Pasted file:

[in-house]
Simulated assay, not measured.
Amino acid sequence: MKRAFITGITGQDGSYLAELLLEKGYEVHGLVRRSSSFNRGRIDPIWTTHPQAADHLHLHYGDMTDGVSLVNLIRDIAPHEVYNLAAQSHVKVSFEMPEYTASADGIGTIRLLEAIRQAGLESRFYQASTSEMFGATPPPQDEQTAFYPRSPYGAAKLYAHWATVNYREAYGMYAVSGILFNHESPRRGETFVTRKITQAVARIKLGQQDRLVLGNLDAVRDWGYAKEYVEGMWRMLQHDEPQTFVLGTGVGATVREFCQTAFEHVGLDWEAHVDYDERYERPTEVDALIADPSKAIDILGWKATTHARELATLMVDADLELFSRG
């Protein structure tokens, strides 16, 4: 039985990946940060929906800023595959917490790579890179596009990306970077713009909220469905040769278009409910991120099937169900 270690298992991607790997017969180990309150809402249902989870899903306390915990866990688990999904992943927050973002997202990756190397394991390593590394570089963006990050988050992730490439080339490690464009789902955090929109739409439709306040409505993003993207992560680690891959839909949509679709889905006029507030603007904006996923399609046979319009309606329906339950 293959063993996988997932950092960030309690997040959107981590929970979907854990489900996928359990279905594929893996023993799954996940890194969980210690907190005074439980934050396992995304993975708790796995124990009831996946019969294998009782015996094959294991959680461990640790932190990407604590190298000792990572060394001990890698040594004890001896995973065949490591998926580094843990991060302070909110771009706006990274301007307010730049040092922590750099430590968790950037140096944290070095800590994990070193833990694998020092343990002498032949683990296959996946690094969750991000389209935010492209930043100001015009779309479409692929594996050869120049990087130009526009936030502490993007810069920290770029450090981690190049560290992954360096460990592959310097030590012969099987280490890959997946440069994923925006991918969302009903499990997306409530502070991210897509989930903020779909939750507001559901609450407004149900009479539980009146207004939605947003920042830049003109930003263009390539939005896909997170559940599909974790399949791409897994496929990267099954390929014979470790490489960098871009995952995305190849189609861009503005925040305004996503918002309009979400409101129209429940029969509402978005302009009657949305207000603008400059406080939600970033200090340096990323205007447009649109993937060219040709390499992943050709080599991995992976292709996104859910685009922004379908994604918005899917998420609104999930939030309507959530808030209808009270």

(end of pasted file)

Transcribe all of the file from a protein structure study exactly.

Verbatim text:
[in-house]
Simulated assay, not measured.
Amino acid sequence: MKRAFITGITGQDGSYLAELLLEKGYEVHGLVRRSSSFNRGRIDPIWTTHPQAADHLHLHYGDMTDGVSLVNLIRDIAPHEVYNLAAQSHVKVSFEMPEYTASADGIGTIRLLEAIRQAGLESRFYQASTSEMFGATPPPQDEQTAFYPRSPYGAAKLYAHWATVNYREAYGMYAVSGILFNHESPRRGETFVTRKITQAVARIKLGQQDRLVLGNLDAVRDWGYAKEYVEGMWRMLQHDEPQTFVLGTGVGATVREFCQTAFEHVGLDWEAHVDYDERYERPTEVDALIADPSKAIDILGWKATTHARELATLMVDADLELFSRG
């Protein structure tokens, strides 16, 4: 039985990946940060929906800023595959917490790579890179596009990306970077713009909220469905040769278009409910991120099937169900 270690298992991607790997017969180990309150809402249902989870899903306390915990866990688990999904992943927050973002997202990756190397394991390593590394570089963006990050988050992730490439080339490690464009789902955090929109739409439709306040409505993003993207992560680690891959839909949509679709889905006029507030603007904006996923399609046979319009309606329906339950 293959063993996988997932950092960030309690997040959107981590929970979907854990489900996928359990279905594929893996023993799954996940890194969980210690907190005074439980934050396992995304993975708790796995124990009831996946019969294998009782015996094959294991959680461990640790932190990407604590190298000792990572060394001990890698040594004890001896995973065949490591998926580094843990991060302070909110771009706006990274301007307010730049040092922590750099430590968790950037140096944290070095800590994990070193833990694998020092343990002498032949683990296959996946690094969750991000389209935010492209930043100001015009779309479409692929594996050869120049990087130009526009936030502490993007810069920290770029450090981690190049560290992954360096460990592959310097030590012969099987280490890959997946440069994923925006991918969302009903499990997306409530502070991210897509989930903020779909939750507001559901609450407004149900009479539980009146207004939605947003920042830049003109930003263009390539939005896909997170559940599909974790399949791409897994496929990267099954390929014979470790490489960098871009995952995305190849189609861009503005925040305004996503918002309009979400409101129209429940029969509402978005302009009657949305207000603008400059406080939600970033200090340096990323205007447009649109993937060219040709390499992943050709080599991995992976292709996104859910685009922004379908994604918005899917998420609104999930939030309507959530808030209808009270």